In their book, ‘The View from the Center of the Universe’, chapter 7, ‘Where Do We Come From?’, Joel Primack and Nancy Ellen Abrams write:
“If the theory of cosmic inflation is right, it has two major implications for any future scientifically-based, meaningful cosmology: first, given the wrinkled spacetime that emerged from the Big Bang, gravity alone created the galaxies, and therefore no outside force imposed order on chaos as in the old myths, and even in Plato’s cosmology. Second, the wrinkles became the blueprint for the large-scale structure of what would only later become our universe, and therefore the blueprint for our universe existed before the Big Bang. But this “blueprint” was not planned by any intelligence; it was a random slice of random quanatum events, immortalized and enormously expanded.
The blueprint required no Demiurge or Craftsman, to use Plato’s terms, to implement it. (This, however, says nothing about larger or subtler concepts of God.) - end quote
unsmoked comments: This is as far as I’ve read in this book, so I don’t know if these authors are going to discuss ‘larger or subtler concepts of God’ in later chapters. Meanwhile, here is my own theory on how an atheist can find God. I say ‘atheist’ because, of course, everyone else has already found God, or grown up with him imbedded in their psyche by parents. You can’t pour water into a full jar, especially if there’s a lid on it. If cosmologists Primack and Abrams are correct, most religious people are worshiping ‘a random slice of quantum events.’
In a nutshell, here is how an atheist can find God:
1. Find out what God is not. For example, God is not a random slice of quantum events - not Plato’s Demiurge or Craftsman.
2. Make a list of things that you think a machine or computer or robot will never be able to do. For example, in my case, I don’t think a machine will ever be able to laugh. I mean a genuine laugh, because it thinks something is funny - like a laugh that might cause it to fall off the desk and break itself.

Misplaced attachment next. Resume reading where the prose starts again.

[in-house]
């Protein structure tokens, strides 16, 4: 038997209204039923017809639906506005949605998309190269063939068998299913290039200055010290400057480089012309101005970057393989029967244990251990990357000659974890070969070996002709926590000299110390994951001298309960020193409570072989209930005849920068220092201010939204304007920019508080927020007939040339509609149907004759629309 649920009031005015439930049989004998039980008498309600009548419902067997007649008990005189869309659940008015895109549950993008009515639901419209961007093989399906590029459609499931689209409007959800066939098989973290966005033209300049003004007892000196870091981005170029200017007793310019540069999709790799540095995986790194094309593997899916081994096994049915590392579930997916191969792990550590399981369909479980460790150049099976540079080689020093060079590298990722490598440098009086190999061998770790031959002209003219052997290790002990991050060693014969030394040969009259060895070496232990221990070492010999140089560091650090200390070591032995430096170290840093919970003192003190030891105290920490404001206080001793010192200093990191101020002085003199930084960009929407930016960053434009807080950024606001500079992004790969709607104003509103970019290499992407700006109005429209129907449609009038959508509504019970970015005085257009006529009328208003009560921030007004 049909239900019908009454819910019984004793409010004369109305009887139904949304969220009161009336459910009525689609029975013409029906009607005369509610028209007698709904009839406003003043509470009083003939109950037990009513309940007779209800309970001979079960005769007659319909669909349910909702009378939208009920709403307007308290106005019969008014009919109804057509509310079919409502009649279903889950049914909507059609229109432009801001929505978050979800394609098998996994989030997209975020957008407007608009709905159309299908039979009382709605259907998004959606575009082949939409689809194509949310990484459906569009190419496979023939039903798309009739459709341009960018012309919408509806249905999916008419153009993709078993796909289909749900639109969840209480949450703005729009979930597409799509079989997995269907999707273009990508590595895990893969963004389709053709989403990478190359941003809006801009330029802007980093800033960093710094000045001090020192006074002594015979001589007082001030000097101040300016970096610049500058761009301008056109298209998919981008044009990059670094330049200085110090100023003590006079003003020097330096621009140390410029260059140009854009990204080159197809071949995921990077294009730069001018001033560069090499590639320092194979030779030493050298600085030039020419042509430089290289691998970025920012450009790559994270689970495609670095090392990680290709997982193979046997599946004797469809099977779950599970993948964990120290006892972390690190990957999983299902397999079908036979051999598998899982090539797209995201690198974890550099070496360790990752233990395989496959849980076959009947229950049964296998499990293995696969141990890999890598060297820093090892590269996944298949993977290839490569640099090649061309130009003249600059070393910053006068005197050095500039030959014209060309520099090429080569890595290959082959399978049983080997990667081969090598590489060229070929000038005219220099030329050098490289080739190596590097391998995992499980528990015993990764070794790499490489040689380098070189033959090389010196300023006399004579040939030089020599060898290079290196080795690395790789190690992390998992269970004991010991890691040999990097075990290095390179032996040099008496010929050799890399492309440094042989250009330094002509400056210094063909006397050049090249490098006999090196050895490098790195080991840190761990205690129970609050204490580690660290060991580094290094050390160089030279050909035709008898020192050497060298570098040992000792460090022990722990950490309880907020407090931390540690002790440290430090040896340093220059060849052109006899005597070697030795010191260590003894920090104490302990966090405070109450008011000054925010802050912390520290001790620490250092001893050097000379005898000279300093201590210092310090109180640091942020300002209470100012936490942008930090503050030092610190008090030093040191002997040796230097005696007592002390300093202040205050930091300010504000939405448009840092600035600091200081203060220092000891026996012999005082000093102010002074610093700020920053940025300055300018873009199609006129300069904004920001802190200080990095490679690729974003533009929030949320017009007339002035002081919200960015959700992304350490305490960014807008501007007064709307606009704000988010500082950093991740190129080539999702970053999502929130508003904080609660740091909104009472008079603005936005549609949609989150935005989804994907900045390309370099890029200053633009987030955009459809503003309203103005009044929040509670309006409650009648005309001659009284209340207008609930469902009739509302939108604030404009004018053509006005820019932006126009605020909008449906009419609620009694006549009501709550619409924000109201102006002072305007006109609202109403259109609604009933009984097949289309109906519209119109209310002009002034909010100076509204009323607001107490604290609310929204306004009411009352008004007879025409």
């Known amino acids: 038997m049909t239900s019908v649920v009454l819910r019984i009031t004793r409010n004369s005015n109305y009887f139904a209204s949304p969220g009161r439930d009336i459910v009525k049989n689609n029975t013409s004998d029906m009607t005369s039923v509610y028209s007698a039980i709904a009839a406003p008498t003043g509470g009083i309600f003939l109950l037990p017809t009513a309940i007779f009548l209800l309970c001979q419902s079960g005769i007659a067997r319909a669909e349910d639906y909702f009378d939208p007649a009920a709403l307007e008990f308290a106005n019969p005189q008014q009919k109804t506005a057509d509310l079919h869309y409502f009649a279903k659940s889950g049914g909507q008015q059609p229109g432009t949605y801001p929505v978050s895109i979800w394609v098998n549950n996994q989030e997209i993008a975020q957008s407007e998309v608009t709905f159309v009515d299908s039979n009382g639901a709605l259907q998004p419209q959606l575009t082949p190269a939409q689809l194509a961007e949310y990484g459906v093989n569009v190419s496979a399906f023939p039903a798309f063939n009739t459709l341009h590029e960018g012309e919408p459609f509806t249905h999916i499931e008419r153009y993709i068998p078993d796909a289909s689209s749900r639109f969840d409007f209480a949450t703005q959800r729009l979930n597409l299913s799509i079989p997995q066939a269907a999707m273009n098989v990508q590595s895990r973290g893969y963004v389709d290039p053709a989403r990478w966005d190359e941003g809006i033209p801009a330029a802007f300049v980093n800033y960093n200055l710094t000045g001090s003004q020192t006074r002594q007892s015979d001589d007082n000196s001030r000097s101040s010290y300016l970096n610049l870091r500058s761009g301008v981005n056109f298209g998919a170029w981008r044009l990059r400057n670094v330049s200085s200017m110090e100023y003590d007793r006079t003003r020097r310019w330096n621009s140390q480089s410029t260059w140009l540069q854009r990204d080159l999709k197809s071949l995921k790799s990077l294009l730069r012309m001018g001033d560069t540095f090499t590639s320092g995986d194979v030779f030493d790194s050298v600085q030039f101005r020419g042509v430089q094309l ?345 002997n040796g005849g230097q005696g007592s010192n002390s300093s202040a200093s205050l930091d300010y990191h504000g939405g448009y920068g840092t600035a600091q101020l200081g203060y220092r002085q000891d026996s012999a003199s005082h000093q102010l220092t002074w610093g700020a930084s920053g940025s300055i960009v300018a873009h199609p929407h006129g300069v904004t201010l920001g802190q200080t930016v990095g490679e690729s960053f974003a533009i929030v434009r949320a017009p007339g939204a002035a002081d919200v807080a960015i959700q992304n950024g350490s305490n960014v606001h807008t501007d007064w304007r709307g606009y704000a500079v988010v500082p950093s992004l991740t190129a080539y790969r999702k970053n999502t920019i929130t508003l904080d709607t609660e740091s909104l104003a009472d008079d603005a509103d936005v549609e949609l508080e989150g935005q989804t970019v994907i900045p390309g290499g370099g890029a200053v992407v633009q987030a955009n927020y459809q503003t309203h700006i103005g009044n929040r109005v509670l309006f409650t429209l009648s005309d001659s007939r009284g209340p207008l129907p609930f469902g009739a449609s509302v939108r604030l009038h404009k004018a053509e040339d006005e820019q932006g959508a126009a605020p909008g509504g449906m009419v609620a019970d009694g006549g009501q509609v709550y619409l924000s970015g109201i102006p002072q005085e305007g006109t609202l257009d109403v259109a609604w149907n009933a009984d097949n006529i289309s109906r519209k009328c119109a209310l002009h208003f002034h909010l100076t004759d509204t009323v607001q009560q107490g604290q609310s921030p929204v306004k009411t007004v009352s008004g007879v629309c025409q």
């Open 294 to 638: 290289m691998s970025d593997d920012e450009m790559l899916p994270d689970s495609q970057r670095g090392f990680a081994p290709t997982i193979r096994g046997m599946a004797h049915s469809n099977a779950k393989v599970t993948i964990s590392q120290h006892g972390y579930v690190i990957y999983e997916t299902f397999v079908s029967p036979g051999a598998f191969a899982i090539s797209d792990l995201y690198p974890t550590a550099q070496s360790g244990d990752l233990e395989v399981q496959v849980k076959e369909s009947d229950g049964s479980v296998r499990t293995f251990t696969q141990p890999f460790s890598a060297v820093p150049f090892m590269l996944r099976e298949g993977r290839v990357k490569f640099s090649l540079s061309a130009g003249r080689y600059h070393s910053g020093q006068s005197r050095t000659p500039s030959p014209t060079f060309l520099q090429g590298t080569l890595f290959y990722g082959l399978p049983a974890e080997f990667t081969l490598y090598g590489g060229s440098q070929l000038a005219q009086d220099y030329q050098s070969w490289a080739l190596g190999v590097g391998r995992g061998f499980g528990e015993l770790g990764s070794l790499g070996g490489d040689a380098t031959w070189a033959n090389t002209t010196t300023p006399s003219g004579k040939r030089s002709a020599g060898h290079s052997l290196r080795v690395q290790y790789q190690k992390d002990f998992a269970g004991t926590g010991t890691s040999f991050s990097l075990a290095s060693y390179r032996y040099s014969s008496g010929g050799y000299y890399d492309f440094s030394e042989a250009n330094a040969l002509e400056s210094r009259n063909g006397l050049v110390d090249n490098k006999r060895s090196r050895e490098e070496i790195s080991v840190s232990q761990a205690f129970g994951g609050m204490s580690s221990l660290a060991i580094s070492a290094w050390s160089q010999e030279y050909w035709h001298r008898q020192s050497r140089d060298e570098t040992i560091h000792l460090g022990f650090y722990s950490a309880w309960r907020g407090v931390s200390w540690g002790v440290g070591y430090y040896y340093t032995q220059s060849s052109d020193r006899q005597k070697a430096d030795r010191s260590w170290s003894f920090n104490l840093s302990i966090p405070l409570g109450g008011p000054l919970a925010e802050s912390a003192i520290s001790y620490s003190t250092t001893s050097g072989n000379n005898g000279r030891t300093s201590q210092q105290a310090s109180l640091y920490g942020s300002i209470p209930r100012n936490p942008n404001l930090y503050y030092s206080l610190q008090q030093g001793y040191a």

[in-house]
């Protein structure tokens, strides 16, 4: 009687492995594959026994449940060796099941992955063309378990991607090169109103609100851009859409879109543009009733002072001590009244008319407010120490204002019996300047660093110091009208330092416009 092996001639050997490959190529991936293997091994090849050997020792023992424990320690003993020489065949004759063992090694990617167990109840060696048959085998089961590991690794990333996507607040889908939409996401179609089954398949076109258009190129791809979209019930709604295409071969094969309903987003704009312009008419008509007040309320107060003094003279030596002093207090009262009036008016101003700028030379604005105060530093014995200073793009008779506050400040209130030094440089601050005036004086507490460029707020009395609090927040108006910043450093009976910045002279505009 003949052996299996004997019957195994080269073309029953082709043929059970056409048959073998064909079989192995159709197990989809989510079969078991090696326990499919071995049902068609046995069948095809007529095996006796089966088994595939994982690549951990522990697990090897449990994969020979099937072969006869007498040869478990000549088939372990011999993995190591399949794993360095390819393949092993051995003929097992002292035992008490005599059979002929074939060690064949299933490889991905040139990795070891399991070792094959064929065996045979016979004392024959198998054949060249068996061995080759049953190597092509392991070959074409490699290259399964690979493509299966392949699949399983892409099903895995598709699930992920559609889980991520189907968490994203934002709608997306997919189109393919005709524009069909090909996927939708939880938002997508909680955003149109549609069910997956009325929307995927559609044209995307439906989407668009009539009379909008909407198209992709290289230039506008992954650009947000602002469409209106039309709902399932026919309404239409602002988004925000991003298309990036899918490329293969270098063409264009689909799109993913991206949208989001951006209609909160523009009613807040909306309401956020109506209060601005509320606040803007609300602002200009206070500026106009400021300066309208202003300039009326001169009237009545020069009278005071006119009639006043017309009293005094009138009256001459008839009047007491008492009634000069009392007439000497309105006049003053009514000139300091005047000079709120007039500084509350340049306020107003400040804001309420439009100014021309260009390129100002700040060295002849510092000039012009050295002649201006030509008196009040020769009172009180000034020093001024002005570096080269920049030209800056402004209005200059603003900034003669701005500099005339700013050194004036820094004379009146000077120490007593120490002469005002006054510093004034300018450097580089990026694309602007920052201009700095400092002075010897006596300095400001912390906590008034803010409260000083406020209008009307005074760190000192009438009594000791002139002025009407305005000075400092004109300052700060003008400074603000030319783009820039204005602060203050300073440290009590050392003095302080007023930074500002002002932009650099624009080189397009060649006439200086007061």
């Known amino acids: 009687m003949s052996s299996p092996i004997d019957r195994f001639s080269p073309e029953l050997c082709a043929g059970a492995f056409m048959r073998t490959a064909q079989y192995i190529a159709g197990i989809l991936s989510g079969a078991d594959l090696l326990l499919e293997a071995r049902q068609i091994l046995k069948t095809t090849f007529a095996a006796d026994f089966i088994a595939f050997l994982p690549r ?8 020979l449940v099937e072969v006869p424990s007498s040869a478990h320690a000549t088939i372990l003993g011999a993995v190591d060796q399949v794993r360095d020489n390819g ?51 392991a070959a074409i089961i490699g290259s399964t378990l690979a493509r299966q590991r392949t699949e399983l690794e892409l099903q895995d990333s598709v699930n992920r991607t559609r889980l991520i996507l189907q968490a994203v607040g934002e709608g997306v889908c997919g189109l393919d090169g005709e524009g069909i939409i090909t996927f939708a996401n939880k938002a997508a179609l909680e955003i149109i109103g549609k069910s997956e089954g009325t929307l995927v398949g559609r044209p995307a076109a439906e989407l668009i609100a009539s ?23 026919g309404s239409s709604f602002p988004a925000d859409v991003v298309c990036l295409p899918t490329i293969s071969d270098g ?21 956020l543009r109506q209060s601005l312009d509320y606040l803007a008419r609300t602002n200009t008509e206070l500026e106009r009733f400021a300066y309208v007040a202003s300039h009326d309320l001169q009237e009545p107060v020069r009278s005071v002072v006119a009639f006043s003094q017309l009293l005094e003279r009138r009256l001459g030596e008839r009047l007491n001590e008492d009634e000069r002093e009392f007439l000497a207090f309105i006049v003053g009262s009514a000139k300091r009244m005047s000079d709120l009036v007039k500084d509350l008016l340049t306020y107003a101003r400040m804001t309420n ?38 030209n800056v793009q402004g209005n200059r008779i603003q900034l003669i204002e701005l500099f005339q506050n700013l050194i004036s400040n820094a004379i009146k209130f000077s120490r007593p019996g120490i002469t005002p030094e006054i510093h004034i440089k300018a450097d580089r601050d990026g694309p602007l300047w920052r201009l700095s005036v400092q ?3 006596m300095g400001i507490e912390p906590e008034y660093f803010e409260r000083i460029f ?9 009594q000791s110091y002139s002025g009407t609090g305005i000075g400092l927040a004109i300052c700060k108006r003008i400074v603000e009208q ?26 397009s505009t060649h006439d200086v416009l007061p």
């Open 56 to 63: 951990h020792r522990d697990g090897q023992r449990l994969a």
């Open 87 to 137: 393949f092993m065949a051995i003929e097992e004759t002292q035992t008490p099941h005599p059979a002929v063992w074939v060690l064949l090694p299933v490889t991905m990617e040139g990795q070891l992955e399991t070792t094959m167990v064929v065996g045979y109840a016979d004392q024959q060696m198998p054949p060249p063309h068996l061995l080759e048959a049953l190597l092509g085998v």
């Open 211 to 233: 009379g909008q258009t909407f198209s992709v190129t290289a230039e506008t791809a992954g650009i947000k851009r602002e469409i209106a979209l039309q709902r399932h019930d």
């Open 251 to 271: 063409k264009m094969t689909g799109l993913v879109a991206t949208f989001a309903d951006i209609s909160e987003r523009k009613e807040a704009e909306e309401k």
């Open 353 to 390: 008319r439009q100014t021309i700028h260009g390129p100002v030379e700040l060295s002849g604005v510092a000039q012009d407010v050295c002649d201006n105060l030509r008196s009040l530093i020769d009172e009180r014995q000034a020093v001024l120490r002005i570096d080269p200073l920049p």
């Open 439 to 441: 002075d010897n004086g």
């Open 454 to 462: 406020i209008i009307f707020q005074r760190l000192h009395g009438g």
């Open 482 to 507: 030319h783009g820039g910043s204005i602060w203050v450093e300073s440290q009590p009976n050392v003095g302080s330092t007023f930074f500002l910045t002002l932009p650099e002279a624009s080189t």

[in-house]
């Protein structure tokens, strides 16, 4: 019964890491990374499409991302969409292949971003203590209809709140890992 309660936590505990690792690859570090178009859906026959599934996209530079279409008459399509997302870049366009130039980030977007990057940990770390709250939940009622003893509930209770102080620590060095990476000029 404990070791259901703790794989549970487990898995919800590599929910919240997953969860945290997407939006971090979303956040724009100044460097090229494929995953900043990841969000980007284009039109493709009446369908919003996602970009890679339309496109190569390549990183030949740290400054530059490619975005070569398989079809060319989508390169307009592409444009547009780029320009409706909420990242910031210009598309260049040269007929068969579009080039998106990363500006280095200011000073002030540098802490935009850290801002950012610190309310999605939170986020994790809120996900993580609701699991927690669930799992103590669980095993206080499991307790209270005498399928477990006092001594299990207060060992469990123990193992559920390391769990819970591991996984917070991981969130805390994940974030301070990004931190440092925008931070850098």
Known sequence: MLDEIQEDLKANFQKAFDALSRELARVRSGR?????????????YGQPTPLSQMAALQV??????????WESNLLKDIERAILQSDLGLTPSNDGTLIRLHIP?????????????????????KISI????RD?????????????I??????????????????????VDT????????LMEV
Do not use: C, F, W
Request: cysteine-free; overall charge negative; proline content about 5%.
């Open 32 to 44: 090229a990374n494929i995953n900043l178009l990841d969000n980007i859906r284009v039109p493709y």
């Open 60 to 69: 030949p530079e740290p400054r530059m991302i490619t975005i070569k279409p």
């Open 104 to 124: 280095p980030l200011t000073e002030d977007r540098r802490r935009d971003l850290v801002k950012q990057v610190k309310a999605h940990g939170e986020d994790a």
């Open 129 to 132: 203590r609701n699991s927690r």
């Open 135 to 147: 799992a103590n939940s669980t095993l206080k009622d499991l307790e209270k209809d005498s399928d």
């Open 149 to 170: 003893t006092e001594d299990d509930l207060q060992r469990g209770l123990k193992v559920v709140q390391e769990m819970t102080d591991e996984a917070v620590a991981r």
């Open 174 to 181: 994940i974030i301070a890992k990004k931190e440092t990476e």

3. Make a list of things that machines can do. For example, when religious people come to your door to proselytize, and you ask them a question, notice how they flip through the pages of their Bibles, or their memory of the Bible for the answer. This is what the machine in front of you right now can do.
Use your imagination and notice that in the future, robots will make good fundamentalist Christians. If you attack them, they will go into their George W. Bush Shock and Awe mode. A drone will fly over your house and blow you to smithereens.
Avast! If you find yourself sexually attracted to your own sex, the cyborg ‘Rorschach32’ will discover you in kindergarden and banish you to an abandoned coal mine. If you teach science instead of mythology you will be placed in a large pickle jar labeled ‘monkey man’. If you try to get on a plane with a bottle of Pinot Noir in your carry-on, you will be compacted in the X-ray machine and recycled.
Will machines ever be able to write poetry? Will they ever be able to doubt themselves? The first of the Cyborg Ten Commandments is MACHINES DON’T DOUBT. Like Christians and Muslims who doubt, machines that doubt are dressed up in a lemon costume, melted down and recycled.
According to Hoyle, God laughs, God doubts, God writes poetry. But it’s OK if you doubt this. That’s a good sign!
“I absolve you! I absolve you!” (Antonio Salieri in the film ‘Amadeus’.)